The Wallace Mystery (Little Murder Library #2)
Rick Geary’s latest release is The Wallace Mystery, second in the new line Little Murder Library, following Chester & Grace.
The subject is the 1931 death of Julia Wallace in Liverpool, England. Her head was bashed in, and her insurance agent husband William was arrested. The night of the murder, he was decoyed away from home to an address that didn’t exist. His case presented an interesting legal twist, and Geary has his own suggestion for the guilty party in the end of the book.
As with the previous in the series, this volume walks the line between comic and illustrated text, with large, softly colored panels captioned with facts and detail. There are no word balloons, meaning we don’t see the figures as people or characters. They feel more like evidence or artifacts, pinned for our notice. Given the time passed, they couldn’t be much else.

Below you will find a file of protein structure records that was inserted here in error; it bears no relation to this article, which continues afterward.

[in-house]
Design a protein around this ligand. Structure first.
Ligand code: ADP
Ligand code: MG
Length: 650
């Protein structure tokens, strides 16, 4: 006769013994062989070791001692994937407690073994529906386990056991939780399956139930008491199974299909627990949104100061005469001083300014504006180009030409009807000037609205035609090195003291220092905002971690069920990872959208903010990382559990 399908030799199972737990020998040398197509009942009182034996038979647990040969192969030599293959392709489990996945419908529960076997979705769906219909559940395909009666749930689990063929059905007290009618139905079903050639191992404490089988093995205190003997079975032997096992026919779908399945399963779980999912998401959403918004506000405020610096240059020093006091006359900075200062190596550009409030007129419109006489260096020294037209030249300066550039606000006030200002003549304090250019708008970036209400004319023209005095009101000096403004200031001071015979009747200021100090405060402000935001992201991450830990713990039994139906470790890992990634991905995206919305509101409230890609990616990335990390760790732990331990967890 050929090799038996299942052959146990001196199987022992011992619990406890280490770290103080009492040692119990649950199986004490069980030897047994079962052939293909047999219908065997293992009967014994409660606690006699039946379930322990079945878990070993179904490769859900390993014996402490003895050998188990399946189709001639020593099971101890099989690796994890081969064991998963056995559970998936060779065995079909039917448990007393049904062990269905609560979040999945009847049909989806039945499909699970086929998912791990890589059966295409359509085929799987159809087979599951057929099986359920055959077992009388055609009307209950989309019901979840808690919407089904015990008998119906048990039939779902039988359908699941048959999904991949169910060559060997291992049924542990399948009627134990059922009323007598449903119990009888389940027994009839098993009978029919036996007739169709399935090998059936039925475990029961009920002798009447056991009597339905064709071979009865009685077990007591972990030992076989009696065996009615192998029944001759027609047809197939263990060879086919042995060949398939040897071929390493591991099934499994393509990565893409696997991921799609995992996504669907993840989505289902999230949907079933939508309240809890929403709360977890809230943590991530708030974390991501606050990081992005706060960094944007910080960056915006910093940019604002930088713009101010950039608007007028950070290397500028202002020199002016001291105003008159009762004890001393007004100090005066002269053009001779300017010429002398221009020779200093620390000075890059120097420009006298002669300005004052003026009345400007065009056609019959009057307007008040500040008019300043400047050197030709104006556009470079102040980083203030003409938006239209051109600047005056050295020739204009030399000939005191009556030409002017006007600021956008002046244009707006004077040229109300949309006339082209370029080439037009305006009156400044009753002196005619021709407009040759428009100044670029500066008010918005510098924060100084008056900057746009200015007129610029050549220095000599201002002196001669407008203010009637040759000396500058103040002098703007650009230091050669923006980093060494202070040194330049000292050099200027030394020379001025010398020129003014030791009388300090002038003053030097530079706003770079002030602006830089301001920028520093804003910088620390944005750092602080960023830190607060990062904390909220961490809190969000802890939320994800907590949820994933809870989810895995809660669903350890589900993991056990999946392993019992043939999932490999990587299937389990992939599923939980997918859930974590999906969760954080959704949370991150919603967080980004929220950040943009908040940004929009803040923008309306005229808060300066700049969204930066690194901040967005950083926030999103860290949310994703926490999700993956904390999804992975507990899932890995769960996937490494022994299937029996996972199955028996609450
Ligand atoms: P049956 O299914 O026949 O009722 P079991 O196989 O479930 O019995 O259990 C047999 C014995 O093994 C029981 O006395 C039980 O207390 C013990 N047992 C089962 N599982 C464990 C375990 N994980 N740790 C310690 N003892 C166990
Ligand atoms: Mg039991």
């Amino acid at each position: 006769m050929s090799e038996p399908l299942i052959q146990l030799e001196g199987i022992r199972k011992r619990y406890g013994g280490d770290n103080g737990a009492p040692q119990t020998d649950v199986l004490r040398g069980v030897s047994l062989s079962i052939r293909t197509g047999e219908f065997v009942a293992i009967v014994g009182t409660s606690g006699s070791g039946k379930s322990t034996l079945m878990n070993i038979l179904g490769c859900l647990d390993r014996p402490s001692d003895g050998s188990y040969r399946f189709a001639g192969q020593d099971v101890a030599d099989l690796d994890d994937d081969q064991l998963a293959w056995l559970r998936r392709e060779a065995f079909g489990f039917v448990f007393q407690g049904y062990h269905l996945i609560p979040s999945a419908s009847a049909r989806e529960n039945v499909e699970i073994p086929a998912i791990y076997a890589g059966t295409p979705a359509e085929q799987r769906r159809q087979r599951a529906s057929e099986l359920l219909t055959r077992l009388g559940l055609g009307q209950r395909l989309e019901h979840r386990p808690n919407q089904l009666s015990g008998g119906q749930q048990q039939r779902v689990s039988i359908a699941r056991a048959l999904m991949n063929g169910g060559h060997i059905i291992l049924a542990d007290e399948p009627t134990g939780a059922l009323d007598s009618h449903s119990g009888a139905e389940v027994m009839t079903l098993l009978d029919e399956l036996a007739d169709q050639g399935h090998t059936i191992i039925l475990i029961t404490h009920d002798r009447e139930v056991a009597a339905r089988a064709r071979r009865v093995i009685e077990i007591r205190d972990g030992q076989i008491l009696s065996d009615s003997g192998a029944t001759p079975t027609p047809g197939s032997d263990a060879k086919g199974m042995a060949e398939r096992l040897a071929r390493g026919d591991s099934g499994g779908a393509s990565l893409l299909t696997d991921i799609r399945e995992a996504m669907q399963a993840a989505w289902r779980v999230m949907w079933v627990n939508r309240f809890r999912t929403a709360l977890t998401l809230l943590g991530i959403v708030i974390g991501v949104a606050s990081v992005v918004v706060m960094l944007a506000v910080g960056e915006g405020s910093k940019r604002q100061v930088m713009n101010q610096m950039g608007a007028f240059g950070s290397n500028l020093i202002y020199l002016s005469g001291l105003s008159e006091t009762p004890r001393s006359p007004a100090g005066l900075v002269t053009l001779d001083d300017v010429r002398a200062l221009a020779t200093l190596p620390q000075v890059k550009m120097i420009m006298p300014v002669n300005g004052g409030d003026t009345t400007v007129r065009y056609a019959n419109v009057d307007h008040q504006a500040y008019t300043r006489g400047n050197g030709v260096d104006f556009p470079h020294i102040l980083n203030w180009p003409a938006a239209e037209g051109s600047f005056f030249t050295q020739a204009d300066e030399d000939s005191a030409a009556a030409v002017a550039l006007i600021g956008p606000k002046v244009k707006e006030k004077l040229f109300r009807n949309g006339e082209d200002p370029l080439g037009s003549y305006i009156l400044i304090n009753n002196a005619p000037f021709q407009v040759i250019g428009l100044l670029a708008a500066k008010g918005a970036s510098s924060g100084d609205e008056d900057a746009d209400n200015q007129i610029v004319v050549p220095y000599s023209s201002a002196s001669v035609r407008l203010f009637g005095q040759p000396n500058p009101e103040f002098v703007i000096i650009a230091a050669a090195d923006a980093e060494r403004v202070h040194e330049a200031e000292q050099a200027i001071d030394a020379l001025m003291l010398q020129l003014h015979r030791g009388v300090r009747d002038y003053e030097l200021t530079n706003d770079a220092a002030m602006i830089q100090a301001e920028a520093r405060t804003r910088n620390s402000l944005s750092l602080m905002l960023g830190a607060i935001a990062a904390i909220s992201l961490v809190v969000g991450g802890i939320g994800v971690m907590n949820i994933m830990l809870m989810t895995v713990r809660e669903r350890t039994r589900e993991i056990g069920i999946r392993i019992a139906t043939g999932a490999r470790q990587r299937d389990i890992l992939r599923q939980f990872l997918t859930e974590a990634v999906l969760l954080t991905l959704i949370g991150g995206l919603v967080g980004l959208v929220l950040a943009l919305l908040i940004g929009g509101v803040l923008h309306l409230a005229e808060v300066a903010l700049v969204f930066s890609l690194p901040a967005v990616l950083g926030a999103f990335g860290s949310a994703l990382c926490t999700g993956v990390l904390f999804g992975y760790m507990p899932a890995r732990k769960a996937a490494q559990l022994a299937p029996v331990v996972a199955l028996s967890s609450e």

Plotwise, there’s not much here — the death, the badly-done investigation, the trial, the results — but if the reader can detach sufficiently from the modern day, Geary, as always, creates a mood that can take one back in time to ponder what actually happened. The case is supposedly famous, although I didn’t find much to recommend it on its own merits, given the lack of notorious features.